A few days ago, according to my oracle source, Facebook, it was National Siblings day, a day I have never celebrated and will never have the opportunity to.
I am an only child. My parents divorced when I was a little kid, each remarried quickly thereafter, and still I have no siblings, either step, or real. An only child between 4 “parents” and 8 grandparents shouldn’t necessarily be something any child would complain about. After all, you’re it. The only birthday that gets celebrated is yours; you get all the Christmas gifts; you never have to share toys, clothes, food, friends, a room. You never wear hand me downs, and all the school pictures displayed in the house on the walls are of you.
Being an only child also comes with a lot of negative emotions. I never really felt connected to anyone in my family because there was no one around my age to contend or commune with. I was raised with grownups. Parents, grandparents, aunts and very old great-aunts and uncles. I was always the youngest human being in the room. Always. And I was raised in a time where children lived that proverbial seen but not heard edict so common during the era. If I had a problem, I had two choices: take it to a grown up or solve it myself. Since many of the problems I had encountered bullying in school and dealing with my alcoholic relatives, I really couldn’t take it to the adults in my family. Back then, you were taught not to confide in anyone but family, so taking a family problem to a teacher was like committing an act of homicide in my family! There were no safe havens for troubled kids with questions, and the Priests and Nuns in my church were mean with a capital MEAN!!
Being an only child wasn’t a picnic as a kid and as I get older, it only gets worse because as I age, so do my parents. I have four people who I am responsible for as they age, get infirm, and need to have decisions made for them. Decisions I have no one else to bounce off. A sibling would be a lifeline during hard decision-making times. AM I making the right choice? What do you think they would want? What’s easiest for them? All questions you can ask a sibling when dealing with your parents. I have no one to ask those questions. NO one to help me make the correct decisions. No one to tell me what I’ve done is right, or wrong, or horrible.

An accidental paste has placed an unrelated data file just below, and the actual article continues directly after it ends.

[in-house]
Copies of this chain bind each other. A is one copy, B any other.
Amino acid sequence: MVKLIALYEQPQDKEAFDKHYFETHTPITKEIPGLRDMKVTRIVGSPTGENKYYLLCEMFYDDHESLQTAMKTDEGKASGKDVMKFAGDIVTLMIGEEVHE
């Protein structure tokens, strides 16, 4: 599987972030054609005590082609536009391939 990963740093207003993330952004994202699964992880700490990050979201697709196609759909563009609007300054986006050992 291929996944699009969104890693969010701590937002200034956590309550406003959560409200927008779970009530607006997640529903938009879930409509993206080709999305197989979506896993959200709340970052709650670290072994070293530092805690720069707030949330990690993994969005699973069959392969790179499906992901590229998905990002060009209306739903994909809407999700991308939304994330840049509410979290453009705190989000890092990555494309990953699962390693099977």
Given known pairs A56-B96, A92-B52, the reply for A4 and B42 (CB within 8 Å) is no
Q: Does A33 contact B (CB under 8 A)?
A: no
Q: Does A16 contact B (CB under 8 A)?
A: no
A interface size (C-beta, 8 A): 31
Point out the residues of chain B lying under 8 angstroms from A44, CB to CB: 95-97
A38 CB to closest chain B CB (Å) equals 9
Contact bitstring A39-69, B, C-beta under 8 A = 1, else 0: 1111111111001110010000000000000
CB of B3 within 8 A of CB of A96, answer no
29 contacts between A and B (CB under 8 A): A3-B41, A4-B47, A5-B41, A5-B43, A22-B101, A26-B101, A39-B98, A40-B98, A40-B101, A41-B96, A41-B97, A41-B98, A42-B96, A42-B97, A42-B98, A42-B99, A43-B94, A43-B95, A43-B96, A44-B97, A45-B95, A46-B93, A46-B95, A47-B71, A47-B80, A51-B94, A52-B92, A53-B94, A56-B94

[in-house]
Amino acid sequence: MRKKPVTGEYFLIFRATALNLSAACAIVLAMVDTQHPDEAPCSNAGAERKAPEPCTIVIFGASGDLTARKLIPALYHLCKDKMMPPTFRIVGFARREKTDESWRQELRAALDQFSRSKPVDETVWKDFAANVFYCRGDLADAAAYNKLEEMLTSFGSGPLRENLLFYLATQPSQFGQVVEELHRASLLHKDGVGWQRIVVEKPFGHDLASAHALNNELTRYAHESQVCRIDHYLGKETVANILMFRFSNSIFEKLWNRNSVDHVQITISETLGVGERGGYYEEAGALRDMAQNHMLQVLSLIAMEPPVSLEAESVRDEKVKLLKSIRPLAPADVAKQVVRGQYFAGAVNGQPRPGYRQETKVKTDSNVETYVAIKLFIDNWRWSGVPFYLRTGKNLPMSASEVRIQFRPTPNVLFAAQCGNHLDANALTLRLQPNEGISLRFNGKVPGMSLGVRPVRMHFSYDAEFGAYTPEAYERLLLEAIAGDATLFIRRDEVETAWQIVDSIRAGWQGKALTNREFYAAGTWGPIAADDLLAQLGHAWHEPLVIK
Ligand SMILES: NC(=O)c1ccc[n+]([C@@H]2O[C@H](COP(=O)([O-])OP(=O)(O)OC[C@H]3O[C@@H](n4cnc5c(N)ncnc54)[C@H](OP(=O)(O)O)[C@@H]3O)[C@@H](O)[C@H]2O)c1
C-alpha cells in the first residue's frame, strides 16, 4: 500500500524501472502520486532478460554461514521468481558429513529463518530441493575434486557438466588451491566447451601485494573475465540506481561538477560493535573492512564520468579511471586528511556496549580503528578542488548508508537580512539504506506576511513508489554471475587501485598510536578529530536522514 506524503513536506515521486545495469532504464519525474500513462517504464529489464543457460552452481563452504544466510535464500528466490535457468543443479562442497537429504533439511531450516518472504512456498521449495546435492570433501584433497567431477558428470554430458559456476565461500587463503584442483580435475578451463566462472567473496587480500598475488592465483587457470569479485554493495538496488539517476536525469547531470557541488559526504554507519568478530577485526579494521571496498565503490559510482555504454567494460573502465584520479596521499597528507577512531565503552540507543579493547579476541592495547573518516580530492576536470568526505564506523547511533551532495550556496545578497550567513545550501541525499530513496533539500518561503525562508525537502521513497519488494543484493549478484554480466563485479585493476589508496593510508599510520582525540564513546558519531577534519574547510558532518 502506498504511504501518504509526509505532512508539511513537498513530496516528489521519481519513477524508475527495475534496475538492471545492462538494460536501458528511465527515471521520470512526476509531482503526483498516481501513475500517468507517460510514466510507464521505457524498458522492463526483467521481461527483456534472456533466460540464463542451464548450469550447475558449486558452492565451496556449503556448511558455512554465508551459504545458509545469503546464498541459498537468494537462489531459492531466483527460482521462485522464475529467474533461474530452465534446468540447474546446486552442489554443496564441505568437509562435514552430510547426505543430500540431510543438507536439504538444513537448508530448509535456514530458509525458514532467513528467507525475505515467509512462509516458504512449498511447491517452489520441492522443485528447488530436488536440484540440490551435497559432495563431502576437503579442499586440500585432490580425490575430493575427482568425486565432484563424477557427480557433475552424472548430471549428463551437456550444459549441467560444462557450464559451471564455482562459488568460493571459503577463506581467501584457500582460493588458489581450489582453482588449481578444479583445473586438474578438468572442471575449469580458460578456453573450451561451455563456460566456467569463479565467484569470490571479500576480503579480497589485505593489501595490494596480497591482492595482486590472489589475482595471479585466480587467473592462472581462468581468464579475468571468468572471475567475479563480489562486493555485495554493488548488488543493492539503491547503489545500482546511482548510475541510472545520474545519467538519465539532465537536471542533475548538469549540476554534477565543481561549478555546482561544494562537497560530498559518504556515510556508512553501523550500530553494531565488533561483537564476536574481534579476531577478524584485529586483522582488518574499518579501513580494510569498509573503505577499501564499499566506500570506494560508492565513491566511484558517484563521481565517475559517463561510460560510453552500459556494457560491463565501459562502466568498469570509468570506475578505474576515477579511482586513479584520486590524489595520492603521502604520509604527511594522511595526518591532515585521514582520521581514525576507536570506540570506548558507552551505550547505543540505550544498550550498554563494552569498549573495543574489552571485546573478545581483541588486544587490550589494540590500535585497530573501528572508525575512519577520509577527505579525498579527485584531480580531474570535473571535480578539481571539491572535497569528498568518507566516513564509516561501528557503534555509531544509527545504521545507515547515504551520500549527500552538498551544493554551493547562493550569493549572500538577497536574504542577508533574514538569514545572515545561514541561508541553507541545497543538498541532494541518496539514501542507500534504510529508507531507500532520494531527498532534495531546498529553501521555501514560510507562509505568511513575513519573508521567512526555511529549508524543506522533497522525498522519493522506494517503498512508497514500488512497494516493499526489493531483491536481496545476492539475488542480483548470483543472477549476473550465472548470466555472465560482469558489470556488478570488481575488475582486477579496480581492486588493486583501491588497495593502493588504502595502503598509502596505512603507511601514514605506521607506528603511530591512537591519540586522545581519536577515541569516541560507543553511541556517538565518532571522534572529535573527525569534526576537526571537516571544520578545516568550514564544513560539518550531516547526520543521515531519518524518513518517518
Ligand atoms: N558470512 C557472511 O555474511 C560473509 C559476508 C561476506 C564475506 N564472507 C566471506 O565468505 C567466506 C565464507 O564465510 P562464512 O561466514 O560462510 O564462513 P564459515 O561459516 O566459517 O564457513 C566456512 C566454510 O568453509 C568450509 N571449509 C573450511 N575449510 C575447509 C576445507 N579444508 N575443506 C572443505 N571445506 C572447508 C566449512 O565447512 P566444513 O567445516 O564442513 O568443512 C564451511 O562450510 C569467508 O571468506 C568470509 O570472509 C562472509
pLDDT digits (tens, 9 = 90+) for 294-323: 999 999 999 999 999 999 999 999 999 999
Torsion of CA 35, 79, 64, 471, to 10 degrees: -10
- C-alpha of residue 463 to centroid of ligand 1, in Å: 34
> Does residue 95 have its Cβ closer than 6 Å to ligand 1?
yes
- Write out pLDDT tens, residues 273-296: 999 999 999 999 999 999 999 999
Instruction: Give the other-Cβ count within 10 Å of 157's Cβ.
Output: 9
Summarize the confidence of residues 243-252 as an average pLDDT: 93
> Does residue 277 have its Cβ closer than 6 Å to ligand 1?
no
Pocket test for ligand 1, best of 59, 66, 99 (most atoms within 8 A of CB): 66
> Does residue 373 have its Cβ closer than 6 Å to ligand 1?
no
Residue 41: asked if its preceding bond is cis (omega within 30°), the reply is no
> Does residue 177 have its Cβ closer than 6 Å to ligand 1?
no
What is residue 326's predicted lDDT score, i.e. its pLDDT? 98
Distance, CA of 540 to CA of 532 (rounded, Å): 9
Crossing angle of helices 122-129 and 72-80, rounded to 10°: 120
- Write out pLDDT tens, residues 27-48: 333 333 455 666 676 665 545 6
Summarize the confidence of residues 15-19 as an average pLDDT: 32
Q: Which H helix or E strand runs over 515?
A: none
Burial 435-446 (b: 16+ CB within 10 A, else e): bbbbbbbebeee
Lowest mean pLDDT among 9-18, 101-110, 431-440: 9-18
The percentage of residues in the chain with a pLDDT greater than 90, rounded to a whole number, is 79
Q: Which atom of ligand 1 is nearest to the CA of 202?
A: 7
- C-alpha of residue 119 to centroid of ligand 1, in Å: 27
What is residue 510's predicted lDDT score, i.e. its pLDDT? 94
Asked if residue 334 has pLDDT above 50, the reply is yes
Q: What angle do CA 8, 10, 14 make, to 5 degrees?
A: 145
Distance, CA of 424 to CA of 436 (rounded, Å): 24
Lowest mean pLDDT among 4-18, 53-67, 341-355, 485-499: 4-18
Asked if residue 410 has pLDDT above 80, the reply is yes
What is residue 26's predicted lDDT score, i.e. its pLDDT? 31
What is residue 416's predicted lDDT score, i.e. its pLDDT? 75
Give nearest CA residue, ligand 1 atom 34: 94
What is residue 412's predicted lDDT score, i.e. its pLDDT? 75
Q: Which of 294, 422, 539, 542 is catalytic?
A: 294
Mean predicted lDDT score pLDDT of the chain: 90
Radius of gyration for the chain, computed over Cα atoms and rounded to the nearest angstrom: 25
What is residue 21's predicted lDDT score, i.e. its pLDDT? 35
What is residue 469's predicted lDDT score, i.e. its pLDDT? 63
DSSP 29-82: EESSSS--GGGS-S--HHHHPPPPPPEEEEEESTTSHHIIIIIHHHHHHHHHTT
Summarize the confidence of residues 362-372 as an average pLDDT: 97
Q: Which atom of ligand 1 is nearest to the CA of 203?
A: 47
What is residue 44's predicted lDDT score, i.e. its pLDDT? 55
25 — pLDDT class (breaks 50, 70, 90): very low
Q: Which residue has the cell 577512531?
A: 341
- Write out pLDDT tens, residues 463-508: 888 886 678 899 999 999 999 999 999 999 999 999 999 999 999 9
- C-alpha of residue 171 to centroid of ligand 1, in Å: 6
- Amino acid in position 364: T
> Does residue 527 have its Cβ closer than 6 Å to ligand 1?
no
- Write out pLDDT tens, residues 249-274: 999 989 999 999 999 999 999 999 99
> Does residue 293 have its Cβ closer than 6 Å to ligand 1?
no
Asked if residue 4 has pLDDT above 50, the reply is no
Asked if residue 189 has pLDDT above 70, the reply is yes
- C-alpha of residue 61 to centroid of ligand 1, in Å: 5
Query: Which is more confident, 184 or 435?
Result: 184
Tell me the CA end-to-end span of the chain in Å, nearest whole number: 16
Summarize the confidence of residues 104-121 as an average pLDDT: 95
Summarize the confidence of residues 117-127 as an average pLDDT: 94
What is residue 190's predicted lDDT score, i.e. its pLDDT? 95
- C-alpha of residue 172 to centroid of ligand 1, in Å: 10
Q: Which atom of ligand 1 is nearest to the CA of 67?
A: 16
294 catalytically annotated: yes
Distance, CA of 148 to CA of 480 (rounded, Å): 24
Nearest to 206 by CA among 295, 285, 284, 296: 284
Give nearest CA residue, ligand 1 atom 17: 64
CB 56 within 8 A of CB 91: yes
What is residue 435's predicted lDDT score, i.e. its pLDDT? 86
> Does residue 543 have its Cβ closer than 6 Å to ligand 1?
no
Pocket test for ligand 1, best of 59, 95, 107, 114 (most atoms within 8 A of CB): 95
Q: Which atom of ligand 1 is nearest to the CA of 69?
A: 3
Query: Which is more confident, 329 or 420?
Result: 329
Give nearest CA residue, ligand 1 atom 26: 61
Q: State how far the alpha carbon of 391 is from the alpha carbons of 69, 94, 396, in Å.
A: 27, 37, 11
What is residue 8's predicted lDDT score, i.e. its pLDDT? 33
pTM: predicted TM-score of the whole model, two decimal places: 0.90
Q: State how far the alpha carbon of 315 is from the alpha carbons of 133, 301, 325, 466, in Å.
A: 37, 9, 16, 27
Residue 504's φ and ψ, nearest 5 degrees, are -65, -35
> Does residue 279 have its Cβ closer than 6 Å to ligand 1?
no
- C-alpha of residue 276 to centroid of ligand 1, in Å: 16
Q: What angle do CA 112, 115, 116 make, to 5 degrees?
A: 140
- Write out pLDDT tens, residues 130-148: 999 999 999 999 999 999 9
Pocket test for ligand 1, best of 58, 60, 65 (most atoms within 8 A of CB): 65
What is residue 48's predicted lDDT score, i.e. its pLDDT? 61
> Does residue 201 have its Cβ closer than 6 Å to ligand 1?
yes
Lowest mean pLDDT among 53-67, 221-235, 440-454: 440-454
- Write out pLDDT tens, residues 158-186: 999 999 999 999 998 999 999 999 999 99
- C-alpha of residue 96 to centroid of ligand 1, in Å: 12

Please, I don’t want to sound like I’m complaining and feeling burdened by this. I’m not. I’m simply stating that if I had a sibling, making these decisions would be easier.
So. A little advice to those of you who are and have siblings.
- Cherish them. You may fight like wild animals and hate one another at times, but there is truly no one you are closer to than a sibling.
- Support them. There have been so many times in my life I needed someone I could go to in order to talk things through to decide if I was doing the right thing. Having a sibling trust your opinion and offer support is a gift from God.
- Have fun with them. My husband’s brothers and sisters are all in their 50’s and they still laugh, giggle, and enjoy one another’s company whenever they are together. Their shared history, the similar references they use, the memories, all make them happy to be around one another. Spend time with your siblings.
- Love their children. When you – God forbid- die, you’ll want people around your children supporting them, loving them, helping them to remember you. I don’t have that. There’s no one my daughter can turn to when I go who knew me when. Who can tell her what it was like when I was a kid, or what I was like. Luckily, she has that with my husband and his family.
I didn’t write this to be morose, or give you a woe-is-me view of my life. I simply want people to understand that being an only child isn’t a bed of rosebuds and that having a sibling connection is one of the greatest gifts anyone can have.
If I was going to get a little Psych 101 here, I would tell you that the reason I write so much about large, loving families is because I always dreamed about being in one…yeah…pretty psych 101 profile, indeed.